[00:45:39]

In the SSA, the master in Myanmar, Ingrid Figueroa.

[00:45:45]

On March 16th, the prosecutor, Ingrid Figueroa, called me and told me that I should go to testify in the case of the death of Berta Caceres in the city of La Esperanza.

[00:45:57]

What I said last year and the downside, Sergio says he told the investigator the same version of events he described to me.

[00:46:08]

He said he'd barely known Berta and that's when the investigator dropped a bomb on him.

[00:46:16]

Ingrid Figueroa, I met your sister, the investigator, the prosecutor, Ingrid Figueroa, told me you're giving a statement to someone who's being investigated.

[00:46:28]

That's because there's testimony that you threatened Berta Caceres with death. I was surprised I had seen Berta Caceres three times in my whole life.

[00:46:40]

Let me tell you that several of his colleagues with cocaine told investigators that Sergio had been harassing Berta since 2012.

[00:46:55]

He threatened her with repeated telephone calls. And that conversation that happened a couple of weeks before the murder, the one that Sergio says was friendly when he congratulated her on the Goldman Prize. Karpin witnesses say Sergio was angry with Berta, that he threatened her again. After his interview with the prosecuting investigator, Sergio returned to his home in Tegucigalpa. Later that same day that Sergio was questioned, another Karpin activist, a man named Nelson Garcia, was shot and killed about 100 miles south of La Esperanza.

[00:47:33]

Honduran police considered it an isolated case. He'd been involved in other protests which weren't connected to DECIRTE or Iwazaki. Even so, that killing got the attention of two European development banks that had backed the project. Both said they'd suspend financing until the investigation was resolved.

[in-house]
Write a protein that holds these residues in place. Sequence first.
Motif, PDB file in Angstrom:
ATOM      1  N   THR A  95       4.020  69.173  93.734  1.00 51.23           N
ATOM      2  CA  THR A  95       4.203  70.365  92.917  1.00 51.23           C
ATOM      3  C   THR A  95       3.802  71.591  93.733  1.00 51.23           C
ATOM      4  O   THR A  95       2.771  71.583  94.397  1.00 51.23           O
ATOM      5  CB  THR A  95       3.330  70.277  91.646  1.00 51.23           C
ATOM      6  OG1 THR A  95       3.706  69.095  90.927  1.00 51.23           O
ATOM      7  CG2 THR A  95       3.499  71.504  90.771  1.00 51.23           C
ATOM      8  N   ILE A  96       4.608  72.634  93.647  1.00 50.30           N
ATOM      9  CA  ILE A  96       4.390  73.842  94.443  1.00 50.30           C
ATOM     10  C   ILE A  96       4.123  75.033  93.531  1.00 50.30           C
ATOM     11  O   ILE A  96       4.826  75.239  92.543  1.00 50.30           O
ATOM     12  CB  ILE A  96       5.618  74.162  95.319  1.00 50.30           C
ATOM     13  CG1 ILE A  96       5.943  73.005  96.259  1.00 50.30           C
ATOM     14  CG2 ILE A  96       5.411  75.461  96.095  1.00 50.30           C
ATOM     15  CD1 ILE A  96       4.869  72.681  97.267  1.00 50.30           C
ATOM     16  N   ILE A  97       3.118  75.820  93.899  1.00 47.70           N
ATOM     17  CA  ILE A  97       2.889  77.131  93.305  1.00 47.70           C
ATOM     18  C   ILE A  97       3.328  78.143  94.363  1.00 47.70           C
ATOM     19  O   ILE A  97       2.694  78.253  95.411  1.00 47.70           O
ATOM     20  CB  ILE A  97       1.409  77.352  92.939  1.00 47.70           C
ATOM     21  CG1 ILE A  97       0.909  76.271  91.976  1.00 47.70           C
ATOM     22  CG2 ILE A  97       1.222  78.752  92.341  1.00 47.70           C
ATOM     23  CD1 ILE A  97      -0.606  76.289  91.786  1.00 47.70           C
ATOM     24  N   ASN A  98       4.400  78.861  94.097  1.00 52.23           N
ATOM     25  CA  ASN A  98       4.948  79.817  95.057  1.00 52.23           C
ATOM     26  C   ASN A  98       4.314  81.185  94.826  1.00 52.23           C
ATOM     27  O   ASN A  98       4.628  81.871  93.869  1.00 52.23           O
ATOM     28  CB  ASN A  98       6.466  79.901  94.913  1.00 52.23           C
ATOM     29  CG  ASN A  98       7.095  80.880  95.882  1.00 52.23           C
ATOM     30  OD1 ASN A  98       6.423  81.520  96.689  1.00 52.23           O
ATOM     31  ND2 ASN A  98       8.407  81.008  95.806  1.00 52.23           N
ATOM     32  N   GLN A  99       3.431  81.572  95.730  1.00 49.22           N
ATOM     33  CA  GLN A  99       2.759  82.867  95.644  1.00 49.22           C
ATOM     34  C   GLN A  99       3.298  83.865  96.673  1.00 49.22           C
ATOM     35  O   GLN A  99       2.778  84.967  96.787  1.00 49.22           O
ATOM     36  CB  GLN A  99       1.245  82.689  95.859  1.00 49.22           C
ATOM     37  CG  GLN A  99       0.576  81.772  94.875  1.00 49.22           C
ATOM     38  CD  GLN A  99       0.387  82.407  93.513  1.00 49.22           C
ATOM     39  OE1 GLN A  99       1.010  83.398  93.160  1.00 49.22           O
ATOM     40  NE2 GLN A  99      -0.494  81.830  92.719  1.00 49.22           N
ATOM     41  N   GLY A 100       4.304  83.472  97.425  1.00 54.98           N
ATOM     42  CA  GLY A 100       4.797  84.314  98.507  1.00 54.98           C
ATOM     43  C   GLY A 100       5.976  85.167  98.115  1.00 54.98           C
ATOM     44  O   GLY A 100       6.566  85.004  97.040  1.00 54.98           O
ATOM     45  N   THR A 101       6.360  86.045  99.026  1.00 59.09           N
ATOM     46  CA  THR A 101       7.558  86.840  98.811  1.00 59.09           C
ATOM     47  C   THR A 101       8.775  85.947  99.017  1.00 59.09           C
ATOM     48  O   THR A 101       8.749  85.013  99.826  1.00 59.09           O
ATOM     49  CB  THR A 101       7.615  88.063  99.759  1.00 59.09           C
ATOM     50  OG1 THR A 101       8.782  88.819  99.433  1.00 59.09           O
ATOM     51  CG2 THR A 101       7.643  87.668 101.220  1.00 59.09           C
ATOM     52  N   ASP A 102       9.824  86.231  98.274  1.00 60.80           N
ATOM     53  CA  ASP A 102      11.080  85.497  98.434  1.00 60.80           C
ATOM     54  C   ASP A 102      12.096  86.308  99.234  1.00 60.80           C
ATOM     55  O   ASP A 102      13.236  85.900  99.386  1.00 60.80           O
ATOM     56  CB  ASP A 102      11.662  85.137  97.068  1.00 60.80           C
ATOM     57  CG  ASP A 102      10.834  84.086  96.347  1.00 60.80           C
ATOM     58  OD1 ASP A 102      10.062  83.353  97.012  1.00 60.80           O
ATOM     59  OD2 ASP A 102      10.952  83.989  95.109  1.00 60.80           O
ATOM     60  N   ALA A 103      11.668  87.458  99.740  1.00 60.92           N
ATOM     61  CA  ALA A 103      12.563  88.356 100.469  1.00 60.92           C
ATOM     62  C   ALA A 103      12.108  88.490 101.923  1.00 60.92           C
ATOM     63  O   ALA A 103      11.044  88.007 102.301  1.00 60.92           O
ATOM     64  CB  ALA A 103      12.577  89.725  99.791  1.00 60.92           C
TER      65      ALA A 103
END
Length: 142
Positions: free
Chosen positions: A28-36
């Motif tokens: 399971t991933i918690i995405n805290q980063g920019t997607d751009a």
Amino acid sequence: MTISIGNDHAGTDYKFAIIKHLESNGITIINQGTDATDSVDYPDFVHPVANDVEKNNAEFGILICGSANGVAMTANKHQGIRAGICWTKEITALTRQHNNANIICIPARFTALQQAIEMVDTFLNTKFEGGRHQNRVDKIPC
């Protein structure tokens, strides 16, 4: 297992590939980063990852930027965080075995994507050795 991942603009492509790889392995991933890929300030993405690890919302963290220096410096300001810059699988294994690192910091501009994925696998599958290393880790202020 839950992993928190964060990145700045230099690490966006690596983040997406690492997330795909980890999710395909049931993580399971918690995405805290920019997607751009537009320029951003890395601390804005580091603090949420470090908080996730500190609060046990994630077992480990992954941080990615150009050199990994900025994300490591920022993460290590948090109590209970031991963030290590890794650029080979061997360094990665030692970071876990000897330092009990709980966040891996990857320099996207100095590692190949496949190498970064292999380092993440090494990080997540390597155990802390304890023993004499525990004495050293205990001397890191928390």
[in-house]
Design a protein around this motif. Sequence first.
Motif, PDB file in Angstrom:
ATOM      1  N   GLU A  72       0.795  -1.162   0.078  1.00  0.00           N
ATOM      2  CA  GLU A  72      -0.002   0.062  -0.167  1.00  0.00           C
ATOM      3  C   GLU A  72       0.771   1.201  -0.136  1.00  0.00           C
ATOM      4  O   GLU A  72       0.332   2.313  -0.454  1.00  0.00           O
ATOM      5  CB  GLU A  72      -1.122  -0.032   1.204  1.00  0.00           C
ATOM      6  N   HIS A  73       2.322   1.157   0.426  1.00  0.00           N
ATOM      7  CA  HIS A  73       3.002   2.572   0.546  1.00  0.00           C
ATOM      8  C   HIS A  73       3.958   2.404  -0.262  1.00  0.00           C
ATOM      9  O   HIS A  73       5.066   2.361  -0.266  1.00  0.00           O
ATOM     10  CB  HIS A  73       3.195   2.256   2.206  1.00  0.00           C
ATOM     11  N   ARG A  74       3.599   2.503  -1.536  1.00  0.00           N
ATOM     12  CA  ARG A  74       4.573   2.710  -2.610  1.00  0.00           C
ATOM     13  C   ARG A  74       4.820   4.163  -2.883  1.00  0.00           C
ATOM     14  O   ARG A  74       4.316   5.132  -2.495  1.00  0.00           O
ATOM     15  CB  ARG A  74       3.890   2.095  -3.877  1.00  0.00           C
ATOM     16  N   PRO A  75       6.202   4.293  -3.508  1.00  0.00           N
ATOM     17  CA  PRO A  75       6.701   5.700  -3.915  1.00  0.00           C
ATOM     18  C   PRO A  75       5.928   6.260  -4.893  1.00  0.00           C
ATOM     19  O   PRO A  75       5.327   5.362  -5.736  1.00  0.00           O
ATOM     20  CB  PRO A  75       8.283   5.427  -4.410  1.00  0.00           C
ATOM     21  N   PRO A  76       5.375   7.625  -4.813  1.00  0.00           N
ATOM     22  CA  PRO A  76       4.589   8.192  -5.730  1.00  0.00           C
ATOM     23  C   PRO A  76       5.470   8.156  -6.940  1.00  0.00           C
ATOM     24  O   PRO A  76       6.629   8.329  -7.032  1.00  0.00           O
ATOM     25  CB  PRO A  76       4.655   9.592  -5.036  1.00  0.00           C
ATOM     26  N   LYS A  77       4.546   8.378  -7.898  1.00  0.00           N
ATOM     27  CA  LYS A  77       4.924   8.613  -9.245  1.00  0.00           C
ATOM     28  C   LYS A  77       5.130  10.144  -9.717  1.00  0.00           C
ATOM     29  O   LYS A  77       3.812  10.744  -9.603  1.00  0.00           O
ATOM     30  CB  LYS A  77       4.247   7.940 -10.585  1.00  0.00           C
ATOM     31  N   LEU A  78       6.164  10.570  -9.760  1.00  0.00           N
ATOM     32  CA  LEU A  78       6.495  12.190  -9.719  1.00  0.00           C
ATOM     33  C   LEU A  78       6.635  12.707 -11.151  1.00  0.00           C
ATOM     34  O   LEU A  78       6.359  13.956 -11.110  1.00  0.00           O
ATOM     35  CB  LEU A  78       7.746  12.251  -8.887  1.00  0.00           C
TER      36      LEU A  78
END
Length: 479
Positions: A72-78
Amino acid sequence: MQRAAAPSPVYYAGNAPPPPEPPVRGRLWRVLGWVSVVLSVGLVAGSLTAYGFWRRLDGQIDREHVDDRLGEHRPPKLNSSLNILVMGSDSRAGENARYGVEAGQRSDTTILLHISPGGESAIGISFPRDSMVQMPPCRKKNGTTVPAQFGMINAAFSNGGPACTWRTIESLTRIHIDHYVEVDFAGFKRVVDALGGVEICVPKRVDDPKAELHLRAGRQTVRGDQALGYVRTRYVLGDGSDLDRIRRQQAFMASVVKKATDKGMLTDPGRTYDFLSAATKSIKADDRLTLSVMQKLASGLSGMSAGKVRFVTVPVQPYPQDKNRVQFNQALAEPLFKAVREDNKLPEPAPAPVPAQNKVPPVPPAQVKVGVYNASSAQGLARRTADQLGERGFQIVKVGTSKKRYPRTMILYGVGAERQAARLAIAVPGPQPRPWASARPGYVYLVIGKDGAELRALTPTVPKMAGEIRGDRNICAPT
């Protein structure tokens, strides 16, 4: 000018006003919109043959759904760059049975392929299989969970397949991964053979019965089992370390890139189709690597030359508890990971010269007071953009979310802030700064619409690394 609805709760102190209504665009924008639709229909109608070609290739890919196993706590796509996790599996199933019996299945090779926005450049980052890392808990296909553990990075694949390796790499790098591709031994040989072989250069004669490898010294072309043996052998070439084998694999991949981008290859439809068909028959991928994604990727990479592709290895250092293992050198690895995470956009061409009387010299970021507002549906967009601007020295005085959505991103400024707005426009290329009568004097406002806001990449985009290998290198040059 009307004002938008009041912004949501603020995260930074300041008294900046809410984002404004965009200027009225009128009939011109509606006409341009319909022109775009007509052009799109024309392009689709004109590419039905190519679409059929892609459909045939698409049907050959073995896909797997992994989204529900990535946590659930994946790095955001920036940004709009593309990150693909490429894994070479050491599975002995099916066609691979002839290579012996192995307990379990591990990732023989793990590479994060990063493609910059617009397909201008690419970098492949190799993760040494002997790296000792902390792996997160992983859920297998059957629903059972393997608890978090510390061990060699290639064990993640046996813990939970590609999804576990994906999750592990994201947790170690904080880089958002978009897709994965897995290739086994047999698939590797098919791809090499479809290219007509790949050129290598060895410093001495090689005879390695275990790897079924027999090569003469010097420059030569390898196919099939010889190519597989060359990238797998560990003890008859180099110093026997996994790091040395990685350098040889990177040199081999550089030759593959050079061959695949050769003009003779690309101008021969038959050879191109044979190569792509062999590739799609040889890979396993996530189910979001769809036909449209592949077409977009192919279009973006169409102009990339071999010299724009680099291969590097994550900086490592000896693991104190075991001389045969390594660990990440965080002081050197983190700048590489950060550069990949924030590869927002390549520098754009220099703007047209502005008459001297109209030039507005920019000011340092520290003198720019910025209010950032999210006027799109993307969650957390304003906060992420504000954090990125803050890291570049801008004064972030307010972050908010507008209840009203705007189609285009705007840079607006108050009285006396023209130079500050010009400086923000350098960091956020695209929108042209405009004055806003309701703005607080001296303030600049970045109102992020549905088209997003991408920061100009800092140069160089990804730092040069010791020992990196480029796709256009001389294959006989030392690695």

[00:47:56]

So now Sergio's job had become much more difficult. But he hadn't given up on the project. As far as he knew, the accusations against him were going nowhere. He continued working for Dessa, waiting for the smoke to clear. But there were signs the investigation was evolving. In April, Gustavo Castro was finally allowed to leave the country. He'd been held by authorities for more than a month, but now he was no longer considered a suspect. The investigators interests seem to be shifting toward other people.

[00:48:33]

Sergio was one of them. He is in the middle and then on May 2nd, my lawyer called me and said there's a warrant to search your house in Masika.

[00:48:49]

You know the enemy until Mikasa that day, May 2nd, 2016, would begin at dawn with a series of raids and surprise arrests.

[00:49:01]

By late morning secret developments inside the investigation began to emerge. A new cast of characters would assume center stage by evening, more blood would be spilled. The story of that day from dawn to dusk on the next episode of Blood River. Blood River is reported and written by me real tofor Forras is our senior producer, Maya Cueva is our associate producer. Our theme was composed and performed by Xenia Rubinos special Thanks to participate via Carlos Rodriguez and José Orozco. Francesca Levy is the head of Bloomberg Podcast's.

[00:49:56]